Day 13: New Mexico to Texas

Per usual, I am a ‘state behind’ in blogging, but taking the back roads from Taos to Archer City, TX filled our trip with unexpected delights, and even thrills. From Taos, we drove through the infamous Cimarron (which apparently doesn’t ‘open up’ for the season until May 1). In a little town called Roy, it appeared that their claim to frame was where the young Bob Wills grew up, and apparently wrote San Antonio Rose, as revealed by this mural painted on the side of a building.


To our luck, we learned that we had happened to be on La Frontera del Llano for our route, and stopped in the beautiful little town of Mosquero, in which nearly all of their buildings had incredible murals.


An artist from Tucumcari had been hired to work with high school students in the town and their legacy were these beautiful and humorous murals. South of town was a historic church on the Gallegos Ranch.

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Crossing the state line into Texas, we were surprised to see on the horizon, not shining towers, but 35 miles of wind turbines instead of the oil rigs we would have expected.


35+ miles of wind turbines through a bug splashed windshield

Due to our dawdling through these scenic towns, we had a long day’s drive (over 10 hours) – but had to stop for Texas barbecue in the town of Childress – Top Notch Barbecue, with a big plate of barbecued brisket, pulled pork, baked potato salad, cole slaw, and Texas toast! This tasty delay put us about 1/2 an hour behind a thunderstorm ahead of us, and so we followed that storm, but never ran into it, nor did we run into a train that we did beat across the tracks before reaching our destination, The Spur Hotel, Archer City. Woo hoo!!! Next post – all about Archer City, where Larry McMurtry grew up.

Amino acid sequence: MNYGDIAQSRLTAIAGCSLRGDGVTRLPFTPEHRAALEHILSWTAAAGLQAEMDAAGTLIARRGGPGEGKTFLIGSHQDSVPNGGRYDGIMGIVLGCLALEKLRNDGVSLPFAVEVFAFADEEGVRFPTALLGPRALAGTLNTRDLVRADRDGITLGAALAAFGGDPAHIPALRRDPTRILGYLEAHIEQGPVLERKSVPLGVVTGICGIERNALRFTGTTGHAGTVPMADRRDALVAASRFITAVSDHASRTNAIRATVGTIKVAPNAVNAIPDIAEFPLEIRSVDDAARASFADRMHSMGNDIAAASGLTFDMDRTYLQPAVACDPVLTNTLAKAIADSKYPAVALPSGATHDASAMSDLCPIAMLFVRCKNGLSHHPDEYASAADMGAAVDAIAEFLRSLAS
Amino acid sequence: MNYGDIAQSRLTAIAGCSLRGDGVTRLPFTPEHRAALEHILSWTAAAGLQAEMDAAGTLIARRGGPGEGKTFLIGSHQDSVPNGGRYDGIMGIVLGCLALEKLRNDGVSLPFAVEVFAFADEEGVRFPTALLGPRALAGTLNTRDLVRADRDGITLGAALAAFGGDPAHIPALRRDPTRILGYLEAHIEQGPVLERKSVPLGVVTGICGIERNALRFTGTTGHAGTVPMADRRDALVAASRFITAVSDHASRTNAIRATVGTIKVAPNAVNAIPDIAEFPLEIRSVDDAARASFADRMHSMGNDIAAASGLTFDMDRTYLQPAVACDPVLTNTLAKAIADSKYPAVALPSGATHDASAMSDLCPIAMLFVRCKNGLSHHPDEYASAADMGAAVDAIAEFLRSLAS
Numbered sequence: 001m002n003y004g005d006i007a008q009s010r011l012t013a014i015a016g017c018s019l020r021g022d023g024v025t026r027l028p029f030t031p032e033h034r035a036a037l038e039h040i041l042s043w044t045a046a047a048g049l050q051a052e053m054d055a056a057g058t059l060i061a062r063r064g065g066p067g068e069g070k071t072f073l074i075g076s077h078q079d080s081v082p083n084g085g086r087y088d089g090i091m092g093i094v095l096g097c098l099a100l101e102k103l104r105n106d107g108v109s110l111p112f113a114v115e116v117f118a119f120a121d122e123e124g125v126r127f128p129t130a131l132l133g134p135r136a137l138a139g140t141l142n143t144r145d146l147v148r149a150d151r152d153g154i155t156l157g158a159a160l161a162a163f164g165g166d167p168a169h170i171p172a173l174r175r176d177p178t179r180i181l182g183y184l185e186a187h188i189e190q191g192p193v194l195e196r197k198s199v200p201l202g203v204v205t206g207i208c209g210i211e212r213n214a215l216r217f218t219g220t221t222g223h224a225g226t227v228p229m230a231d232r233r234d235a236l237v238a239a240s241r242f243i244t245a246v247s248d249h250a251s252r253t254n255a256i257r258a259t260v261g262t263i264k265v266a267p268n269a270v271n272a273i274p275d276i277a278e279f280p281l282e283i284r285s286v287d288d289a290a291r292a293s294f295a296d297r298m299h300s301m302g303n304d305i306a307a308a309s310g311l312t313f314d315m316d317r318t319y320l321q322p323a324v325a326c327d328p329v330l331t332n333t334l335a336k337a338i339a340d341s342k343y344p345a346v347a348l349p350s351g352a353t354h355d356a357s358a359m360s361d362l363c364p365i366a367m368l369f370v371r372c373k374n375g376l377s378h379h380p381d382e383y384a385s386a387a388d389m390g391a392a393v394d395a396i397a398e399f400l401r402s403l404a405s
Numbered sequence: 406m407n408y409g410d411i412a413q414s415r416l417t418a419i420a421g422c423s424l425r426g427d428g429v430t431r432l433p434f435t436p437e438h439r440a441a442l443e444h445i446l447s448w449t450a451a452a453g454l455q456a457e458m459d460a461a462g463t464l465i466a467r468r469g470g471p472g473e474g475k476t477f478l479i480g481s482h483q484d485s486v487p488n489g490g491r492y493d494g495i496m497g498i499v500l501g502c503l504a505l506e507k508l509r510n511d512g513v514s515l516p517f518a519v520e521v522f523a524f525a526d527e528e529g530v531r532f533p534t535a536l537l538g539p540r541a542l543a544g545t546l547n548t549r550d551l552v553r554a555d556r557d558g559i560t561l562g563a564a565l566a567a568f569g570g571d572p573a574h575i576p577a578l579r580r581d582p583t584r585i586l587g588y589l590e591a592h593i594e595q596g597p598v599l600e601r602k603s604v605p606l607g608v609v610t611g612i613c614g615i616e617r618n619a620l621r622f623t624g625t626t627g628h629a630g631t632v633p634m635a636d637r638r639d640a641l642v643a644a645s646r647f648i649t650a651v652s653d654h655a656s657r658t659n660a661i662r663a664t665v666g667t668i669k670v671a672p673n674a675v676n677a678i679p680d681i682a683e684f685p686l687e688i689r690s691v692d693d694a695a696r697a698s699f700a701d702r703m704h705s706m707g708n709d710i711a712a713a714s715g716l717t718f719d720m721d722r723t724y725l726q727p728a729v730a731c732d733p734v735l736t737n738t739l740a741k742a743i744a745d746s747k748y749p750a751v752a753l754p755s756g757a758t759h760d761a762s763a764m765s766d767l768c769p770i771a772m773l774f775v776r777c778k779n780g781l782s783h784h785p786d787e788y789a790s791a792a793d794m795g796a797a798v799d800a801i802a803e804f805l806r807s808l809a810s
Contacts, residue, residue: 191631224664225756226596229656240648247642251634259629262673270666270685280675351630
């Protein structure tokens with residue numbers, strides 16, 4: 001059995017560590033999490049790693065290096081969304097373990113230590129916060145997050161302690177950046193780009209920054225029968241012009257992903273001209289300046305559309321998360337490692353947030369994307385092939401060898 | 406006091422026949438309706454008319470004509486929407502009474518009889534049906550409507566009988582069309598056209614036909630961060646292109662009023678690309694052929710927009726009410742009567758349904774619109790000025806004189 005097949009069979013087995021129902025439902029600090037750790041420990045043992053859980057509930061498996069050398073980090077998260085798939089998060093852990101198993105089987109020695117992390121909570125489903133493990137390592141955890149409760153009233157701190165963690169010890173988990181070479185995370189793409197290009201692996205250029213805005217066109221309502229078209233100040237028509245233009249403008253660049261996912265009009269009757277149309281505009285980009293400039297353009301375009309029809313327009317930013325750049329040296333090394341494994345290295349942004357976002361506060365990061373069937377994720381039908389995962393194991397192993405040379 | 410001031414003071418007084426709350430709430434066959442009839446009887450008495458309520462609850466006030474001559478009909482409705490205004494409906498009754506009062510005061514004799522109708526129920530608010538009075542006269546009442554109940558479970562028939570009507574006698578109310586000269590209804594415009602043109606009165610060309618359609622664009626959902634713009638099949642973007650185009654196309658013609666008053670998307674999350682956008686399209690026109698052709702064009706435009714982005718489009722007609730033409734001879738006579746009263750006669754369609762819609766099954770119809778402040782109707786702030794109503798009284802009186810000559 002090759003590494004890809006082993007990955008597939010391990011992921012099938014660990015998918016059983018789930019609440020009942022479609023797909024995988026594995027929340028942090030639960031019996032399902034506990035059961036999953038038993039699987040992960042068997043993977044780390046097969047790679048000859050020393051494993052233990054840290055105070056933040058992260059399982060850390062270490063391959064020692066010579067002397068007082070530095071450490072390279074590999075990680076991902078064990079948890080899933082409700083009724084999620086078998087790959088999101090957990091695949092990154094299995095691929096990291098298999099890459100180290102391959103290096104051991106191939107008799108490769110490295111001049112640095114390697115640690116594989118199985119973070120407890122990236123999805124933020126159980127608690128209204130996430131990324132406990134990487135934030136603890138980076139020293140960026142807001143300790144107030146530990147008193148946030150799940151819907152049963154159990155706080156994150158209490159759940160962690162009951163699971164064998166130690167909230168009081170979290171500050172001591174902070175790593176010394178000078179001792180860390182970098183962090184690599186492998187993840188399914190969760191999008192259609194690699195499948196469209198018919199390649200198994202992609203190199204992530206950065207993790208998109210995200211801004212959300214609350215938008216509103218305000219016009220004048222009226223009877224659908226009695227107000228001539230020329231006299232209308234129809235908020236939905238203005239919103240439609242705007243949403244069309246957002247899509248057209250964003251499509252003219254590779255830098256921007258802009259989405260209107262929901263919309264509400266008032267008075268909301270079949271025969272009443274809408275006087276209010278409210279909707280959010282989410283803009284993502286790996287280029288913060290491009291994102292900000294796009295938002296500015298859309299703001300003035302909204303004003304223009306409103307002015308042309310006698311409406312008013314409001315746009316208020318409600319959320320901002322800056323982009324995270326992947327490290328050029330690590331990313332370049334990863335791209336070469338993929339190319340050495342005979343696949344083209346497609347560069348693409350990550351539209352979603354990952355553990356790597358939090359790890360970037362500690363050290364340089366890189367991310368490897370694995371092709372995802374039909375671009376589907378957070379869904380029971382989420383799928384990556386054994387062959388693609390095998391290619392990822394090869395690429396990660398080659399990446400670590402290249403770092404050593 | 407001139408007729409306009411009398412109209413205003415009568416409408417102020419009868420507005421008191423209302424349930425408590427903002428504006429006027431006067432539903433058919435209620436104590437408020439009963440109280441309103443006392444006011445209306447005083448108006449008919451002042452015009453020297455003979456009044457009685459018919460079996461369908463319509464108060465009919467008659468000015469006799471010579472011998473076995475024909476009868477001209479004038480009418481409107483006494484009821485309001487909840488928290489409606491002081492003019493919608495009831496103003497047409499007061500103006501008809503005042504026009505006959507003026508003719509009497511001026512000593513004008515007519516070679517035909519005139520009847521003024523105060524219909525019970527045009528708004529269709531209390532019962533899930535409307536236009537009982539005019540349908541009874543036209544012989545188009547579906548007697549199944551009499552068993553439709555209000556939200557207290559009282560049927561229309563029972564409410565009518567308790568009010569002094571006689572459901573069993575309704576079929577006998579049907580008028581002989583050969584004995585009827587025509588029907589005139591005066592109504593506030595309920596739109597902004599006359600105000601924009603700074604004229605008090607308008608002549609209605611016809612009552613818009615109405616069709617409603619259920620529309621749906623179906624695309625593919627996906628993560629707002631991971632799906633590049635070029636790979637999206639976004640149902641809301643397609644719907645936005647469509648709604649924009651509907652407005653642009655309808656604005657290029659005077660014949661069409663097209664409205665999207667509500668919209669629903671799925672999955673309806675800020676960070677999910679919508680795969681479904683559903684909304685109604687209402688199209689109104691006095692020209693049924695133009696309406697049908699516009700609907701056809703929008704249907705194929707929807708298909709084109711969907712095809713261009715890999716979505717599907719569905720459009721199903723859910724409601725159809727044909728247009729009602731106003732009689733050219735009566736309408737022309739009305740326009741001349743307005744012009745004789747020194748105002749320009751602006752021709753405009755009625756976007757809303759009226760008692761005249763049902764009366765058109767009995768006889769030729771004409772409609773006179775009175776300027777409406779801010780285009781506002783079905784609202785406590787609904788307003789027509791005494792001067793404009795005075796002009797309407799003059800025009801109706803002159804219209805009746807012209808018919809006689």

Days 10-13: Taos & Rio Grande Valley

Nearly a week later, we have been neglectful of our blog – but will describe our travels by region. We took the High Road to Taos, and of course, had to photograph that iconic Rancho de Taos church, the San Francisco de Asis Mission Church.


We arrived at Richard & June’s beautiful adobe abode in El Prado, facing the Sangre de Cristos last Monday, having a casita all to ourselves. Richard & June are friends from San Luis Valley days, who have since moved to the Taos area, by way of Texas. So much fun getting caught up, and recalling fun times together, and we now have more memories together, with Maggie feeling like she’s known them for years too.